FinTech: A Primer


  • Financial technology (FinTech) generally can be broken out into four main categories: 1) online or marketplace lenders, 2) crowdfunding – whether that’s funding in exchange for an equity stake or not, 3) blockchain technology and cryptocurrencies, and 4) mobile payments and wealth management.
  • In 2015, funding of new FinTech companies more than doubled to $12.2 billion from $5.6 billion in 2014. PwC estimates that up to 28 percent of traditional banking and payments services and up to 22 percent of insurance, asset management, and wealth management business is at risk of being taken over by FinTech companies by 2020.
  • Who will regulate FinTech companies and how they will be regulated is probably the biggest uncertainty facing FinTech today. As it stands now there is no one-size-fits-all approach to FinTech regulation. Depending on what services a company may offer, it can be regulated by the states in which it operates, by federal banking regulators, or indirectly through a charter of a depository institution with which it is partnered.


FinTech has been getting a lot of attention lately. Whether it was the Super Bowl ad promoting mortgage approvals via iPhone app or the more familiar emergence of mobile payments via Apple Pay and the like, consumers of all ages and walks of life are being exposed to new technologies that (ideally) are making their financial transacting a little bit easier.

Recently, a prominent member of the House Committee on Financial Services argued that FinTech, not burdensome regulations like Dodd-Frank, is the biggest threat to community and regional banks. Statements like this back up the concerns of many in the FinTech world – that, instead of opening the doors for FinTech to continue to evolve and develop further consumer-facing technologies, Washington will try to level the playing field by levying heavy-handed regulations on FinTech companies.

This paper seeks to explain the types of FinTech that exist, the benefits they convey to their users, the threats or perceived threats they present to traditional financial services, the regulatory environment facing FinTech, and how these companies can converge, instead of collide, with traditional banks and their regulators.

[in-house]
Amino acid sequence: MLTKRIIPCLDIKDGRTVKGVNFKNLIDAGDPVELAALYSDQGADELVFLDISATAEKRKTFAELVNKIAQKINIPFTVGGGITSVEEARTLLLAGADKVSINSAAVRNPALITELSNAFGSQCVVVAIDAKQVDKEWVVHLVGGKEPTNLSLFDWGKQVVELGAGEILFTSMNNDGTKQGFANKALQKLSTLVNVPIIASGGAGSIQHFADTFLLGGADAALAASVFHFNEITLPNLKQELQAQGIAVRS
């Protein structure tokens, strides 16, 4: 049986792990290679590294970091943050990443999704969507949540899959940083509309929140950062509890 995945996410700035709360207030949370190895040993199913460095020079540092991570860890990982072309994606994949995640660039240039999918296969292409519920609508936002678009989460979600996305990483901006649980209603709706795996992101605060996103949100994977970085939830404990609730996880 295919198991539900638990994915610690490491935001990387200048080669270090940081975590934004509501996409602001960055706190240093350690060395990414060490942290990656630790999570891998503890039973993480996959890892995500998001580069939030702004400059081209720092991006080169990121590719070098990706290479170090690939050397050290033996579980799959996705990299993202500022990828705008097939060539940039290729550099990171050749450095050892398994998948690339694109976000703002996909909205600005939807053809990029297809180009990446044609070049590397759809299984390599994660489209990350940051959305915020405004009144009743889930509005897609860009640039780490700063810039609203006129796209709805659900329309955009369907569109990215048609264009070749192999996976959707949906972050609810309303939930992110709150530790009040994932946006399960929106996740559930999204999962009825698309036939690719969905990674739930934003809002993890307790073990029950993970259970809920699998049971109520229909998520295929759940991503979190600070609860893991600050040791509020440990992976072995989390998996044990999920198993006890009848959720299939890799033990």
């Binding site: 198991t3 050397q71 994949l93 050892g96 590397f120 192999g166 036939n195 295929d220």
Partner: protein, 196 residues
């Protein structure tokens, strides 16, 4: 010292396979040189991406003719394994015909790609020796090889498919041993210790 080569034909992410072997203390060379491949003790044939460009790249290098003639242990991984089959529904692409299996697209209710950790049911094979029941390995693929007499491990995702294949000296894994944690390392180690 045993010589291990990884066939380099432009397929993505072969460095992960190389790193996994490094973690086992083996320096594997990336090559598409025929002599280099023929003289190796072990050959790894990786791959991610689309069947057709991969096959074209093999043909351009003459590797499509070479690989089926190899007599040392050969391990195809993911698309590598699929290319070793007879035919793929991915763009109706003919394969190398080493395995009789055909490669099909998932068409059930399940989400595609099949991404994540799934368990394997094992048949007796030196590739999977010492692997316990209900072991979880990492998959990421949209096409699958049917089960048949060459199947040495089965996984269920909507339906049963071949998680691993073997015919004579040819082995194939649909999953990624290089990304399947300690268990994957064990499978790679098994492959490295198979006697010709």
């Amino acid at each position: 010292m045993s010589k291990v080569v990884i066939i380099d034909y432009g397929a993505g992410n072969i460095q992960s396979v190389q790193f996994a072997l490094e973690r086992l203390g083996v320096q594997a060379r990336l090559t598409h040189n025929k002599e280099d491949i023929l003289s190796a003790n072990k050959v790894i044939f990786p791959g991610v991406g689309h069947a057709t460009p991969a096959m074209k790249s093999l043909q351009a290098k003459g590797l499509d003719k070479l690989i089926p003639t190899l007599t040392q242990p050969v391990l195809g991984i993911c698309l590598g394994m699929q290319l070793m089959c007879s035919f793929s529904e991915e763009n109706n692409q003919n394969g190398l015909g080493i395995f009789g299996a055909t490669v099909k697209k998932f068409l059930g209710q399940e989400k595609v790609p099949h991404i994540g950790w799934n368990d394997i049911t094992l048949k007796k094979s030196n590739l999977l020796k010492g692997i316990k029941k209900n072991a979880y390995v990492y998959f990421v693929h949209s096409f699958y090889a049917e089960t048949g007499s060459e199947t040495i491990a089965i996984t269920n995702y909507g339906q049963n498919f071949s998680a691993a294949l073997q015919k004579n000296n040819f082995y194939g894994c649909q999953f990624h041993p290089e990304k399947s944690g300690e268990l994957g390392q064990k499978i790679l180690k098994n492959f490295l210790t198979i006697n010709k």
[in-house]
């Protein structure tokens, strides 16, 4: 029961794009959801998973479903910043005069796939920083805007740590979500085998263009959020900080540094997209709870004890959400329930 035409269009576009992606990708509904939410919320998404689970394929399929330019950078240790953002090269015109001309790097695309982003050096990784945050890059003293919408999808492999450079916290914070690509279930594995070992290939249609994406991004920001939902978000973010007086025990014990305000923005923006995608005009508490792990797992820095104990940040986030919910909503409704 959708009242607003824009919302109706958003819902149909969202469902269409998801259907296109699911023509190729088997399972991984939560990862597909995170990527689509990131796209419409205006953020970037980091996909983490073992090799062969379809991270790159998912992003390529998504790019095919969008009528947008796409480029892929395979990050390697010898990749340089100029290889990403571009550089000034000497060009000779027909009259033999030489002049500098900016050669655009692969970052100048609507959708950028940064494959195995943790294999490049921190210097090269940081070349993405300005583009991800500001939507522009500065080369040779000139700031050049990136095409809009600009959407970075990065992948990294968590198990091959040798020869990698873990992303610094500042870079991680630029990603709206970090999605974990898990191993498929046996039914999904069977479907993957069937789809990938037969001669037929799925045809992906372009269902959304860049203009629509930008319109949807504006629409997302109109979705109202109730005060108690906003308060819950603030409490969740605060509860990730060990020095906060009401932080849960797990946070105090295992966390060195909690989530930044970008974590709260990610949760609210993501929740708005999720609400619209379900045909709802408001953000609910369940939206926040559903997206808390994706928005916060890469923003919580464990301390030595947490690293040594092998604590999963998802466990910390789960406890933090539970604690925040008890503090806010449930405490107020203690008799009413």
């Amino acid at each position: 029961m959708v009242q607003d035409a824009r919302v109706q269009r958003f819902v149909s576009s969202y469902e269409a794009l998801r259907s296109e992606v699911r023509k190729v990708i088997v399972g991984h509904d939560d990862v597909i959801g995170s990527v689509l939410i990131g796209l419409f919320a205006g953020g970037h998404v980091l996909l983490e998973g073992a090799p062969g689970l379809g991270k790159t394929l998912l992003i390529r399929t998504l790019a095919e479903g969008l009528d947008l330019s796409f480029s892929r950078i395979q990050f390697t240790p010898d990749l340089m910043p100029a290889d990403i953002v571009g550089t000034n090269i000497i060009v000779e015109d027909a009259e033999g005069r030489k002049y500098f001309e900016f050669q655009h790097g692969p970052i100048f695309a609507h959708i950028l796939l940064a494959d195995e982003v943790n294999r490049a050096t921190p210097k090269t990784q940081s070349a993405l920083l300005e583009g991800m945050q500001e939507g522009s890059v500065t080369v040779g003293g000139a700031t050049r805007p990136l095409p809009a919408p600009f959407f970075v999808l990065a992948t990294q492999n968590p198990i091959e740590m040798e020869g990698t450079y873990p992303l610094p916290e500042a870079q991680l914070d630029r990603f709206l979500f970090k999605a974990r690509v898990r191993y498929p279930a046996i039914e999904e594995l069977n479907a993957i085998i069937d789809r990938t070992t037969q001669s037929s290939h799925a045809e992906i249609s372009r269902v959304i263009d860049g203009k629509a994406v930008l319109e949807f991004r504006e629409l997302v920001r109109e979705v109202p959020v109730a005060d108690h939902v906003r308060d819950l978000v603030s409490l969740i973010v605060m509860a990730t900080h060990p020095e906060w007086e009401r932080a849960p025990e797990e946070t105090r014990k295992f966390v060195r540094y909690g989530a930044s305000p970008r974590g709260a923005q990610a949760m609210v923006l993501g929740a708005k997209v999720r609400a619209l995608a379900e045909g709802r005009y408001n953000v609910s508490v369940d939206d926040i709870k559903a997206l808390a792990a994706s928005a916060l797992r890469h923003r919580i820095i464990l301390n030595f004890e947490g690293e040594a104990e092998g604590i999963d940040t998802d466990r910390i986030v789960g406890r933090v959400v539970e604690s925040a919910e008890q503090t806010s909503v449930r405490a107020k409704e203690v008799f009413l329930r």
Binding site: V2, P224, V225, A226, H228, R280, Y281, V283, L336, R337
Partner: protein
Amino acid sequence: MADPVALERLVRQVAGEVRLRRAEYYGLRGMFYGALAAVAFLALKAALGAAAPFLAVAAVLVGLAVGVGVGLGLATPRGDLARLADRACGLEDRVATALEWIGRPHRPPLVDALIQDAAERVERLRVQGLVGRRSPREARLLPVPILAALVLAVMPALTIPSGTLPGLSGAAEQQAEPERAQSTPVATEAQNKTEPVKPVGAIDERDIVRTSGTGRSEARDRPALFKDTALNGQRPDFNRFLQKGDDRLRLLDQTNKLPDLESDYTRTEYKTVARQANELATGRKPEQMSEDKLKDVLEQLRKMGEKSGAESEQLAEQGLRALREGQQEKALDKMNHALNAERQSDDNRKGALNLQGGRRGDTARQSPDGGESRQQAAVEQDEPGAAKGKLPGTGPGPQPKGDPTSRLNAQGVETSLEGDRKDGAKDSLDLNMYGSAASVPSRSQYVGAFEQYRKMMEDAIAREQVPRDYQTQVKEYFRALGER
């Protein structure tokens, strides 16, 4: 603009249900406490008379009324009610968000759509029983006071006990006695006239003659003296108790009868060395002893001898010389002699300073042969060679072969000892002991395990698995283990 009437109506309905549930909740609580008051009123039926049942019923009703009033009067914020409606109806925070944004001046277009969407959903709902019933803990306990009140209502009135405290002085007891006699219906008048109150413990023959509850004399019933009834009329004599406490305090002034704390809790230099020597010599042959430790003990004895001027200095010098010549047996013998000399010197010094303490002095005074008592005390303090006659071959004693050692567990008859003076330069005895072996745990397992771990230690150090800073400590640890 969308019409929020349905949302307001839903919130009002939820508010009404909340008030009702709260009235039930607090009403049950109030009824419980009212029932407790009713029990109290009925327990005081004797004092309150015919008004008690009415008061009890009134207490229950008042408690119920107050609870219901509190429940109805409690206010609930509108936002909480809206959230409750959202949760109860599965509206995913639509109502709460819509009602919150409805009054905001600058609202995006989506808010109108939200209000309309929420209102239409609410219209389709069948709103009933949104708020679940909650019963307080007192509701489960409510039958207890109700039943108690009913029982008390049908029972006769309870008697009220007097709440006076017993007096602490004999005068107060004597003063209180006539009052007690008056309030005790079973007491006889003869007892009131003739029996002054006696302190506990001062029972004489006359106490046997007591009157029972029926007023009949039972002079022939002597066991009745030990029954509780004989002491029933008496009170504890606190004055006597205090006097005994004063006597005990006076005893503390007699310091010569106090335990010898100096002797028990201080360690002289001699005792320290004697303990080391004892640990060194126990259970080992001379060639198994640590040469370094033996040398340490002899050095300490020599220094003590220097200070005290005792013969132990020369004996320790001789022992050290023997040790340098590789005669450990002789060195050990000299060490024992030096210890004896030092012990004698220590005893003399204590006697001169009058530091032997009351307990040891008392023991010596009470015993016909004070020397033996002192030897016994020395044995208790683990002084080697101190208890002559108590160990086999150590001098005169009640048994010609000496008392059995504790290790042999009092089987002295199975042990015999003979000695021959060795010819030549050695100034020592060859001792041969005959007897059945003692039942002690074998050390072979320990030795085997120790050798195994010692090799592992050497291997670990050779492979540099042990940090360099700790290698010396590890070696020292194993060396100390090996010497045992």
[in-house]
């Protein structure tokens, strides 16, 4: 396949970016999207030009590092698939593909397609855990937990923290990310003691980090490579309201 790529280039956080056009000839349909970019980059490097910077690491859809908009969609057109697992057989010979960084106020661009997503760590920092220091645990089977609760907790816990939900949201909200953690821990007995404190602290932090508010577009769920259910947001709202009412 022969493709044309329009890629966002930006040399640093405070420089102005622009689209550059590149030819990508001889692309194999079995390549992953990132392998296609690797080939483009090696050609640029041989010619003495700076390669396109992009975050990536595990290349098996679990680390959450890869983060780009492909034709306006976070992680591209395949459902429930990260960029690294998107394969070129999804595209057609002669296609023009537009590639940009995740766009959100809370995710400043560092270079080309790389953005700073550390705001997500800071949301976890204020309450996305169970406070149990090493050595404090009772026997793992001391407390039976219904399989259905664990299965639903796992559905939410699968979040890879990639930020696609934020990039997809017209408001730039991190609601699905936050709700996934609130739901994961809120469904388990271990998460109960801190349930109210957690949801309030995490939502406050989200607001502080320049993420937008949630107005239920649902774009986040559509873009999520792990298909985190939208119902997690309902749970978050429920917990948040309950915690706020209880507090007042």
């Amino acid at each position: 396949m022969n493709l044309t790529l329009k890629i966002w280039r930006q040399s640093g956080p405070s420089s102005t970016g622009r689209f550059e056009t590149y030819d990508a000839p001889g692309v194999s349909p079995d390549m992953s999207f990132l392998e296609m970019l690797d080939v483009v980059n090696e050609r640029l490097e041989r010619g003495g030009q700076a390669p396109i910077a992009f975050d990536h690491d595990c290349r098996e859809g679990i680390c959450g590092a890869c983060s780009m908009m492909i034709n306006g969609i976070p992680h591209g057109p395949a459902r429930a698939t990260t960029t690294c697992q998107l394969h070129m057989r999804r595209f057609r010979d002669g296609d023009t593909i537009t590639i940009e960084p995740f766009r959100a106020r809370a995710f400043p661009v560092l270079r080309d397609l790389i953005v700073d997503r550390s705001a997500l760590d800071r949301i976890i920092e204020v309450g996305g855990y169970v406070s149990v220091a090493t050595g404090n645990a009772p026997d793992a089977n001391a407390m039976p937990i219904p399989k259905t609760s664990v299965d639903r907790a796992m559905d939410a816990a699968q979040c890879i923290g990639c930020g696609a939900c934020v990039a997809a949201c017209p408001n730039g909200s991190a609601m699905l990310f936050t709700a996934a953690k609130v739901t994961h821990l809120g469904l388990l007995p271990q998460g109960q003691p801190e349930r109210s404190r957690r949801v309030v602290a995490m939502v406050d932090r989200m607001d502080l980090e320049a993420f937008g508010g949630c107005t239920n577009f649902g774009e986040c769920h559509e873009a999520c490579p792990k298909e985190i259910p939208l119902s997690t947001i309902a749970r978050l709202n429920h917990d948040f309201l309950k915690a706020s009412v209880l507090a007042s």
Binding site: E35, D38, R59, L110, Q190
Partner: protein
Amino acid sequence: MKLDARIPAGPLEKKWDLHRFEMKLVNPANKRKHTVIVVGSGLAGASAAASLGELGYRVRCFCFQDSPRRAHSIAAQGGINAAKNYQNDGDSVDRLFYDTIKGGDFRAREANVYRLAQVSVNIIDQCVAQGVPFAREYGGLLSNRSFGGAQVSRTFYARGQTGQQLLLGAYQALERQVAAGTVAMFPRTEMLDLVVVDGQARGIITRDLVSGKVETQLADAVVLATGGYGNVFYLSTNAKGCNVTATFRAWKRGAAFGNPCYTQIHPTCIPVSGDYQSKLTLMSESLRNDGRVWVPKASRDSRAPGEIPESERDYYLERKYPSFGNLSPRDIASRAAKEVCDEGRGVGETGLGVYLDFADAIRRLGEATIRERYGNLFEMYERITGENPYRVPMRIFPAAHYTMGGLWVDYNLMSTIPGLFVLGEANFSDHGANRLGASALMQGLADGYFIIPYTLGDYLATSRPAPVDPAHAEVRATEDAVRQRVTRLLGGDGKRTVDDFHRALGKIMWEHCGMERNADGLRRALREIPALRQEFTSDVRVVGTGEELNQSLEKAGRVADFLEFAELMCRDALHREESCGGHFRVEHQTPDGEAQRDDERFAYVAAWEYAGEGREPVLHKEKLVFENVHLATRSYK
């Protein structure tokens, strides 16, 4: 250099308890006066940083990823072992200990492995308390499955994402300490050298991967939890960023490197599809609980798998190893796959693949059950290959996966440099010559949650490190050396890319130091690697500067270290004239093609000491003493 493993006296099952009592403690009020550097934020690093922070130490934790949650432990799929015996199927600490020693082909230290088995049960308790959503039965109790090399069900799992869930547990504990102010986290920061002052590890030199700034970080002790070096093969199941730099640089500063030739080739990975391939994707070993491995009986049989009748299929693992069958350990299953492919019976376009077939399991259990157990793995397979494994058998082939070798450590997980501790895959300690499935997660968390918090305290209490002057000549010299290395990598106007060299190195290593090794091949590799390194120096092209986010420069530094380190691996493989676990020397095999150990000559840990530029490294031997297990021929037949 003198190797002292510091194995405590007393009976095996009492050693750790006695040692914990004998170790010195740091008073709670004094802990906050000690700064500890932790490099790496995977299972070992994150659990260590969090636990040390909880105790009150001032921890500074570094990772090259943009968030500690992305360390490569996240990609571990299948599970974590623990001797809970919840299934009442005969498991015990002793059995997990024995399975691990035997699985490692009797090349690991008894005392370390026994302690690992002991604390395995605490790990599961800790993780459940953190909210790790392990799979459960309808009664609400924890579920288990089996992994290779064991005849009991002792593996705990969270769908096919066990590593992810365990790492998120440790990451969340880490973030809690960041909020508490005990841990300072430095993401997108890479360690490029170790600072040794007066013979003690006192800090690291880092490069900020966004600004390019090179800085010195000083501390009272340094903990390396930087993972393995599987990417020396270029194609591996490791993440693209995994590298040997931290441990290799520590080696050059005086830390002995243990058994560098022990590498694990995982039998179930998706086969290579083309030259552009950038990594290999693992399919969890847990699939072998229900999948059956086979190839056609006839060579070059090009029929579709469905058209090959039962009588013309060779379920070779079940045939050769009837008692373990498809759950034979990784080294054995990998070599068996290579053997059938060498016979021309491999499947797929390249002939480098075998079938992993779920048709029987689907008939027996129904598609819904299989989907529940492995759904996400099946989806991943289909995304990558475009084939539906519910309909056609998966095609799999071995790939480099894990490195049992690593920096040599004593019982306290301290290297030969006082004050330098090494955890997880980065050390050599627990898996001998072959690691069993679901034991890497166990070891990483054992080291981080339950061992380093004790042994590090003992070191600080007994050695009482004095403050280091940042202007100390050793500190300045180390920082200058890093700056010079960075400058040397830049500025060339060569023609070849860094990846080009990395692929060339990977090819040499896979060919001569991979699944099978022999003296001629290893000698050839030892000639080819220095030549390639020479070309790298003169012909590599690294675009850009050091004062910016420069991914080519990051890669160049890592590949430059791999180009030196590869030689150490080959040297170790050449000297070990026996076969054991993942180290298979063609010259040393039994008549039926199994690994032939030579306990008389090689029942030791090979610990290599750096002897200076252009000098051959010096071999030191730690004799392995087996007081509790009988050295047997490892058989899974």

What’s out there?

FinTech generally can be broken out into four main categories: 1) online or marketplace lenders, 2) crowdfunding – whether that’s funding in exchange for an equity stake or not, 3) blockchain technology and cryptocurrencies, and 4) mobile payments and wealth management.

Online Marketplace Lenders

Also known as “peer-to-peer” or “platform” lending, online marketplace lenders are online platforms that connect consumers or businesses seeking to borrow money with investors willing to lend to the borrowers or invest in a company. Originally, online marketplace lending emerged as a “peer to peer” marketplace—individual investors providing financing directly to specific borrowers. Over time, these companies’ investor bases evolved from solely individual investors to institutional investors, hedge funds, and financial institutions.

Two types of business models have developed in the online marketplace lending industry: (1) direct lenders; and (2) platform lenders. Direct lenders, also called balance sheet lenders, originate loans that they keep in their own portfolios. On the other hand, platform lenders partner with a depository institution to originate the loan. After the loan is originated, platform lenders buy the loan from their partner depository institution to sell to investors either as whole loans or by issuing securities backed by the loans. To combat varying economic environments, some companies like OnDeck have developed a hybrid model, selling some of the loans they originate and retaining some for their own portfolio.

Despite different business models and funding sources, online marketplace lenders share several characteristics: fast access to credit; the ability to offer smaller loans with shorter maturities; simple, online applications; no physical branches; reliance on a variety of funding sources; and electronic data sources and technology used to enable underwriting. The platforms generate revenue from origination fees, servicing fees from a portion of the interest generated, and late fees. Investors receive the remaining portion of the interest and borrowers benefit from a streamlined process, quick funding decisions, greater funding and credit availability. In 2014, $5.5 billion in loans were issued through online marketplaces. PwC estimates that the market could grow to greater than $150 billion by 2025 based on its average growth of 84% per quarter since 2007.


Crowdfunding is an alternative source of financing in which a project or venture is funded by raising contributions from several people. Crowdfunding requires three main actors: the project initiator who has proposed the project, individuals or groups who support the idea, and a platform (Kickstarter, Indiegogo, etc.) that brings the two together. There are three main types of crowdfunding: (1) donation or rewards-based crowdfunding, (2) equity crowdfunding, and (3) peer-to-peer lending, or debt crowdfunding.